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Posts Tagged ‘organizing your novel’

Chapter by Chapter

September 10, 2008 Leave a comment

When I first thought about writing a novel, I immediately thought not of character or plot, but how I was going to organize 300 or more pages and move through the scenes and chapters deftly.

My first thought is to use notecards.  This simple, old-fashioned way of tracking and moving scenes has been updated by computer notecards, but nevertheless, every bit as effective.  My next thought was using Adobe Pagemaker.  It is an excellent software package that enables the writer to see how the words will lay on the finished page.  It anchors images and can format the pages so the layout will stay consistent.  I had an old copy of Pagemaker and remembered that the extensions on the saved documents didn’t easily lend itself with sharing documents on other word processing software.  Realistically, buying the updated version was not cost effective.

So, I found the second best thing to notecards. Chapter-by-Chapter (CbC)is free.  Here’s the link: http://pagesperso-orange.fr/sebastien.berthet/cbc/

CbC mimics the outlining style of Pagemaker.  It isn’t as robust, but who really uses all those features?
This is a simple but powerful program whose goal is to make writing your novel easier to write. You write the pages in a Word document and then tie it to a outline format, so you can visibily see how your story line unfolds.  It allows you to move sections of text to other pages and reformats changes.

I just discovered this tool, so I haven’t had a chance to use it myself. Check it out and let me know how this works for you.

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Organizing Your Novel Toolbox

April 4, 2008 Leave a comment

I am always amazed at people who write novels without first plotting.  They freewrite and polish up the awkward sentences, add some transitions, and submit it for publication.  But if you look at a well crafted novel, it is more than storytelling.  It is about taking the reader to another place.  It is about braiding subplots and developing interesting and bigger than life characters.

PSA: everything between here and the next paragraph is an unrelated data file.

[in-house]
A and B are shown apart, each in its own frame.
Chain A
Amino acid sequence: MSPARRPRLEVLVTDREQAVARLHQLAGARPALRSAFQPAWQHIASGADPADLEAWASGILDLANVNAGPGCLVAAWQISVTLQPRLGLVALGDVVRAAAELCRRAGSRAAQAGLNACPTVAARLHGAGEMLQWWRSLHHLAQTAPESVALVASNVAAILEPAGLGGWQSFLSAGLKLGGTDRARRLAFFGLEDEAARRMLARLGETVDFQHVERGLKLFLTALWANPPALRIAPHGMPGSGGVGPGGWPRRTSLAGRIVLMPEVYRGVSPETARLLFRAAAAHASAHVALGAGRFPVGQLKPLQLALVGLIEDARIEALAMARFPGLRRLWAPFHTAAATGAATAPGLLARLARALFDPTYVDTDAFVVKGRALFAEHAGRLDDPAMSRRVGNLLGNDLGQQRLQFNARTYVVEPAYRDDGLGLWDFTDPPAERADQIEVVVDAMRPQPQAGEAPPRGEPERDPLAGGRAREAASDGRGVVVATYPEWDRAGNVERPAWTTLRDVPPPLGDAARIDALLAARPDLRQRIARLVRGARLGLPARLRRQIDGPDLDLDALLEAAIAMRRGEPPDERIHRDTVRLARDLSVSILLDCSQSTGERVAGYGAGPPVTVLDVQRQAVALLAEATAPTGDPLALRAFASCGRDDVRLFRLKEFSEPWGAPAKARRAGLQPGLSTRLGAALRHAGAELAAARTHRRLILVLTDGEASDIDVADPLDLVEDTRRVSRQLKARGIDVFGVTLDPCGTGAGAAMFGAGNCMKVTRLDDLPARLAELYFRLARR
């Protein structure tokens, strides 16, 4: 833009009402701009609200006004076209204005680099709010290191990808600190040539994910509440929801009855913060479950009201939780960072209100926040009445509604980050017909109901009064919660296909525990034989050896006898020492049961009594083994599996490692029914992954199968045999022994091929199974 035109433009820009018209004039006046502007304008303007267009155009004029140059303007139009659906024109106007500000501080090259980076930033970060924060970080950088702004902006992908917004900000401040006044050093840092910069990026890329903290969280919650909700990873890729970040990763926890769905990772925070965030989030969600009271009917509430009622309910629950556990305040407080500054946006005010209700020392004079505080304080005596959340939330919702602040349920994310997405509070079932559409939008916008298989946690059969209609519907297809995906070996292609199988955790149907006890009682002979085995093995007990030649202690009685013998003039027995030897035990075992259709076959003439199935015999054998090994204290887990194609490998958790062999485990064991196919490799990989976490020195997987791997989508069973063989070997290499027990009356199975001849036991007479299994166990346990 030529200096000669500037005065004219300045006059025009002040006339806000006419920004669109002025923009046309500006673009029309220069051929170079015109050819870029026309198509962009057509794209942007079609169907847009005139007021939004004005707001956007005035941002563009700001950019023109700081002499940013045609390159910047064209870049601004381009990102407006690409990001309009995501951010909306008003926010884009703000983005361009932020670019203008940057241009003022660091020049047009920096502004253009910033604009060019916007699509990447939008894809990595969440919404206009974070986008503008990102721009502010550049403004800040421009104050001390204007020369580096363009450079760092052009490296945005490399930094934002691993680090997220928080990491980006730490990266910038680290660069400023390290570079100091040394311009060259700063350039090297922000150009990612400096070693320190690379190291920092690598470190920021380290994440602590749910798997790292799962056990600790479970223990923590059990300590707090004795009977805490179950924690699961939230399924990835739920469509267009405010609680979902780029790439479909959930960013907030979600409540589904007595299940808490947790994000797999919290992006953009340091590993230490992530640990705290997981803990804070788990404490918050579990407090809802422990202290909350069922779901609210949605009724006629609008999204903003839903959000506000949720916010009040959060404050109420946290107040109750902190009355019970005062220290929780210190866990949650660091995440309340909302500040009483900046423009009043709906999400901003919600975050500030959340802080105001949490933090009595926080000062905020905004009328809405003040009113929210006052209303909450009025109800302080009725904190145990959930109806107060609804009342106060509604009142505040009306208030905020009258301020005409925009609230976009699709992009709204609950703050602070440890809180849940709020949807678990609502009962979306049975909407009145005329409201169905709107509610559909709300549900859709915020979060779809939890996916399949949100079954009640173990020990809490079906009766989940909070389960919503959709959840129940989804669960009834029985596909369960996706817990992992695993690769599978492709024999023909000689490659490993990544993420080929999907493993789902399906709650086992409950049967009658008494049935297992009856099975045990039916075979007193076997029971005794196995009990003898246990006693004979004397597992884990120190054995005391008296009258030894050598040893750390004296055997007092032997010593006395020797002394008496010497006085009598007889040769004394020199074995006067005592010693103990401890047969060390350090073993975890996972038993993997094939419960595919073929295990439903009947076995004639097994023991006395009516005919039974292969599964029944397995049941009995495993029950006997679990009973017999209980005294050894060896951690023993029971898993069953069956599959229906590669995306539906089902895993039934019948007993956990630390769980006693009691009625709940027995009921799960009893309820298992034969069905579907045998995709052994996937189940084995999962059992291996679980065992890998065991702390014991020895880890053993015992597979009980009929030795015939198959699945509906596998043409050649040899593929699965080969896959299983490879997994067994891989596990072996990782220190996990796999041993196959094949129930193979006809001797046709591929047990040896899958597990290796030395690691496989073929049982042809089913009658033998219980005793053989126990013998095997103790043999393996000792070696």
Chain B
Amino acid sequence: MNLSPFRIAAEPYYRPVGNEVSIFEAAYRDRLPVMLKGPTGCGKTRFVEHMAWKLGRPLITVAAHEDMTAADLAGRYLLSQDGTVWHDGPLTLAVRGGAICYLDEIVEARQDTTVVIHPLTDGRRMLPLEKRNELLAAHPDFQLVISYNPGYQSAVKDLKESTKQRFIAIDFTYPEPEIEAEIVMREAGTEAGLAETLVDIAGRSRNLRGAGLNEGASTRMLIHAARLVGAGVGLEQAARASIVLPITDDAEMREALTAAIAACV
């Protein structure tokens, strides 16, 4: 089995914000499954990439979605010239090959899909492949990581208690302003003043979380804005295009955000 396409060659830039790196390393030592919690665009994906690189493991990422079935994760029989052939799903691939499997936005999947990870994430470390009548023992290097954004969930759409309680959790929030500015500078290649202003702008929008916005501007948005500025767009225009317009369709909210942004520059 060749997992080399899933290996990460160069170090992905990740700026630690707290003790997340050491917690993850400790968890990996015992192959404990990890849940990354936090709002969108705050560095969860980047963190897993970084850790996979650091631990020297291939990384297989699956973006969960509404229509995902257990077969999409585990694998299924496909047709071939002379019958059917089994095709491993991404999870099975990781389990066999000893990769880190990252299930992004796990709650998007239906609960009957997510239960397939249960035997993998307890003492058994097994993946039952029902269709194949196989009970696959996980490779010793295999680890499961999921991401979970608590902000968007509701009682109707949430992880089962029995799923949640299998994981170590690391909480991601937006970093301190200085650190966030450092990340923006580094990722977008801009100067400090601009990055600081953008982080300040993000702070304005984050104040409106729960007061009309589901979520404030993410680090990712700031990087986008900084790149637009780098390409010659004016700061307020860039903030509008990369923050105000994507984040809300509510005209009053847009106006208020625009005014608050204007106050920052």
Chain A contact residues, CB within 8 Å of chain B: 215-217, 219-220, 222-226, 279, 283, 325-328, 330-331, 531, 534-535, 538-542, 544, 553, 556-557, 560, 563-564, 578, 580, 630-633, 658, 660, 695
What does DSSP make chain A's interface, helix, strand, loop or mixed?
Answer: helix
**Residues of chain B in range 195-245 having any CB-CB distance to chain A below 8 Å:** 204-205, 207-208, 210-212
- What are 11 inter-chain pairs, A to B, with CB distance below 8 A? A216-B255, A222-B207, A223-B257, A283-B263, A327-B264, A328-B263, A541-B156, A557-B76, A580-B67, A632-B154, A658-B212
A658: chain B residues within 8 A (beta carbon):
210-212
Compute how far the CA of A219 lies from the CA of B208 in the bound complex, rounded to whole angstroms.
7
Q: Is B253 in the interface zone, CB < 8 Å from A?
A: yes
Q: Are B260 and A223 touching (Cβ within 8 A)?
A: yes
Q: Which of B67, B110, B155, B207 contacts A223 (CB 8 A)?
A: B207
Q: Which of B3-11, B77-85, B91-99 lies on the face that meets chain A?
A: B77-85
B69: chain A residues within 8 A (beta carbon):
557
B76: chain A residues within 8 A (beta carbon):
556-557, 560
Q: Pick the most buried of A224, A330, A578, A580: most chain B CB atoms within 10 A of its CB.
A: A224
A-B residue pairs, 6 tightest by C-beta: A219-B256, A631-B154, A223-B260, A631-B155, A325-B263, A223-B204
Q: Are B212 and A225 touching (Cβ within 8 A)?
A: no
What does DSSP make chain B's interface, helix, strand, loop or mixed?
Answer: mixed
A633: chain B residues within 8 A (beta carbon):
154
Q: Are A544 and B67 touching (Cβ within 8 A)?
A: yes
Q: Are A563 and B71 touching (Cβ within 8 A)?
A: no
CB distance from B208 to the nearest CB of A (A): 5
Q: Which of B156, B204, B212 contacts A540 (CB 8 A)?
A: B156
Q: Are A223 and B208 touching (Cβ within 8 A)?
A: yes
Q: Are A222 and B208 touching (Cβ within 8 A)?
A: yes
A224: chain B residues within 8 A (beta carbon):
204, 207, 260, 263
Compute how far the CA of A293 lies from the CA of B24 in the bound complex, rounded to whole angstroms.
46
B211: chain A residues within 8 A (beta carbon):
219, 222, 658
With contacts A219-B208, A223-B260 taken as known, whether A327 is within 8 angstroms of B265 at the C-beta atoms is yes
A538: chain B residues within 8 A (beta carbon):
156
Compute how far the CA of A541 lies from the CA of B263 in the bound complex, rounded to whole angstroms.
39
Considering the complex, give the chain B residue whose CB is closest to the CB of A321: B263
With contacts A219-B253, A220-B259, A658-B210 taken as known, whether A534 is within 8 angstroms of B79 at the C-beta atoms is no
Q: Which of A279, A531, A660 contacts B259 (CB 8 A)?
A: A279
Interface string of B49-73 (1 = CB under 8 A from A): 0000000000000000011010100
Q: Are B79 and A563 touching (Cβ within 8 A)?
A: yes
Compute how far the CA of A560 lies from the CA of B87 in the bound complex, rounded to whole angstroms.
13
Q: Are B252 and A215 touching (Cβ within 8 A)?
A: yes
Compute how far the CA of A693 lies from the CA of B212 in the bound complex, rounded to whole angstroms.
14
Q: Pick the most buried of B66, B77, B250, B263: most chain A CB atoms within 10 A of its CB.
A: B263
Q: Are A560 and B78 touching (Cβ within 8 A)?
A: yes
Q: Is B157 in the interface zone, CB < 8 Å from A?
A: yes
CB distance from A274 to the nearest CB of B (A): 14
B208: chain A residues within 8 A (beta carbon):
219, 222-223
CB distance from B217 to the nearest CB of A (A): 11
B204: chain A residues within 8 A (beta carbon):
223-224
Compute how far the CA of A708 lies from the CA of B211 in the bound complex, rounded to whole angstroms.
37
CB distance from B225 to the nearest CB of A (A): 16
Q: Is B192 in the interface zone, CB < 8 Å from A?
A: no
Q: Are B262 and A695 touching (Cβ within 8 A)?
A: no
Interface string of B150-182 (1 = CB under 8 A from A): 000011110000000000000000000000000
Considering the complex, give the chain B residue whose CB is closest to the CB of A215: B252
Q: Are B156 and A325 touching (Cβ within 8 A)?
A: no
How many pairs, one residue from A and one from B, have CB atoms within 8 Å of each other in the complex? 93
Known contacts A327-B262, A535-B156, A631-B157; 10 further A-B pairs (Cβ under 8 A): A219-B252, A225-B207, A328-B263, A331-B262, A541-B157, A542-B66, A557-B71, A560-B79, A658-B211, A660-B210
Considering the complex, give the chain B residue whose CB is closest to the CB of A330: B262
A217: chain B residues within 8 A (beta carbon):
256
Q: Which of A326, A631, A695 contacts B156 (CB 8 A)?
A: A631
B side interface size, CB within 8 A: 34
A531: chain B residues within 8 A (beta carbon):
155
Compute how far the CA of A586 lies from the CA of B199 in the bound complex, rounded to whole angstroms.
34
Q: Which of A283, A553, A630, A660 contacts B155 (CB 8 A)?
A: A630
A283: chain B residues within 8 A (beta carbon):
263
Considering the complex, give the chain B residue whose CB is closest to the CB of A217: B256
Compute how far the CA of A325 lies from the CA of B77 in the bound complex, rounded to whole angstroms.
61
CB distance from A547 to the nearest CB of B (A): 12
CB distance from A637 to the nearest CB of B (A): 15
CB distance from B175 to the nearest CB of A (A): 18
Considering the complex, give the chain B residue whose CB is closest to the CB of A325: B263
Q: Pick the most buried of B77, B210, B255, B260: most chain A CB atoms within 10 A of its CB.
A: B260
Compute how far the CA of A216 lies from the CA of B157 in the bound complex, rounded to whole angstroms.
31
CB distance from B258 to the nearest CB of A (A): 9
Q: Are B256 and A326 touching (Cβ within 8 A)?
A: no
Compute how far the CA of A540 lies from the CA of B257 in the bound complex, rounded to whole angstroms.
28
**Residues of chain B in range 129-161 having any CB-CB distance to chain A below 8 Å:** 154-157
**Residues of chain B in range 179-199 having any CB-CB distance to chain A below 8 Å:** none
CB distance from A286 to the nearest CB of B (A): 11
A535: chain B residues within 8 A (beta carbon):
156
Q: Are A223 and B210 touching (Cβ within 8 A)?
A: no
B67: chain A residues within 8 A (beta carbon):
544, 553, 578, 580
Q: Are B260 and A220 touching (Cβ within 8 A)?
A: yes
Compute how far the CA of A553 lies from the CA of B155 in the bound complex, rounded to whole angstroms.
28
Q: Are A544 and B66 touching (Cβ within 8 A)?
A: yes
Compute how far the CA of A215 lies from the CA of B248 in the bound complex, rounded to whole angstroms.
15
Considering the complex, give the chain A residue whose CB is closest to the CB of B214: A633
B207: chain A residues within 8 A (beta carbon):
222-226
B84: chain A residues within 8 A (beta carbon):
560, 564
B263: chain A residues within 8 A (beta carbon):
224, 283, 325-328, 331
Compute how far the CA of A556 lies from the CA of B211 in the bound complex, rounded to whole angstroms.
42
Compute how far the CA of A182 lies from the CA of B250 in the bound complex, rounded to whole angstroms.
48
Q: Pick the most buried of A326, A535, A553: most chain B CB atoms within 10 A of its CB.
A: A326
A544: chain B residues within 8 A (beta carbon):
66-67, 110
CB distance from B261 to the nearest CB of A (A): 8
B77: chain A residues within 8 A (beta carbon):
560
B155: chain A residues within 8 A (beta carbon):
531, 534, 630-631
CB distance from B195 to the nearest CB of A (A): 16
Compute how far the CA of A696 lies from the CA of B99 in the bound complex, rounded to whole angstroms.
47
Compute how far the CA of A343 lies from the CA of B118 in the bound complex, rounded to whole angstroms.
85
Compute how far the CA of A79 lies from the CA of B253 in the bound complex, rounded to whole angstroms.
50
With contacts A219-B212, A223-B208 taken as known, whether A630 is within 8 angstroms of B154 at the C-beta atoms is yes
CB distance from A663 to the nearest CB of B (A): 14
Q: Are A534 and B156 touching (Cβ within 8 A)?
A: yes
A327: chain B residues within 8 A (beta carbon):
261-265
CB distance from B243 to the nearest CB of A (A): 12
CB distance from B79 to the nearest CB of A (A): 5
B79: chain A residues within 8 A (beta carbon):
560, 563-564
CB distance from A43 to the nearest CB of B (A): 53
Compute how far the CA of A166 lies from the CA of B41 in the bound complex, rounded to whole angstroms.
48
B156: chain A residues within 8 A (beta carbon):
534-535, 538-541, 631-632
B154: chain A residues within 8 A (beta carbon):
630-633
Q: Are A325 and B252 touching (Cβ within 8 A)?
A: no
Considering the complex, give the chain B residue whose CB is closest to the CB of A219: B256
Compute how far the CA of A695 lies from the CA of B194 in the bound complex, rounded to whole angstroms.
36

As you study good fiction writers, you can see how complex details can become.  Since books are written over time, it is easy for the writer to forget characters and their motivations, plot development, etc.  One tool I found useful is called ywriter4.  It is FREE.

Apparently, a computer programmer was frustrated by his inability to keep track of themes and character threads.  He developed a computer program  to do just that.  His program helps you track exactly what you develop, so that you can see where you’ve been and where you are going….It is a great tool and worth downloading.  So, if you have been using the pencil and notebook and still feel like you don’t have a grip on the overarching view of your novel, check this out.  http://www.spacejock.com/yWriter4.html

Also of interest on Simon’s site is a submission tracker; a track your minutes program if you are a freelance writer and need to track billable hours; and articles on Writing.  Visit his Resources for Writers page to see if his suggestions are something you might want to use.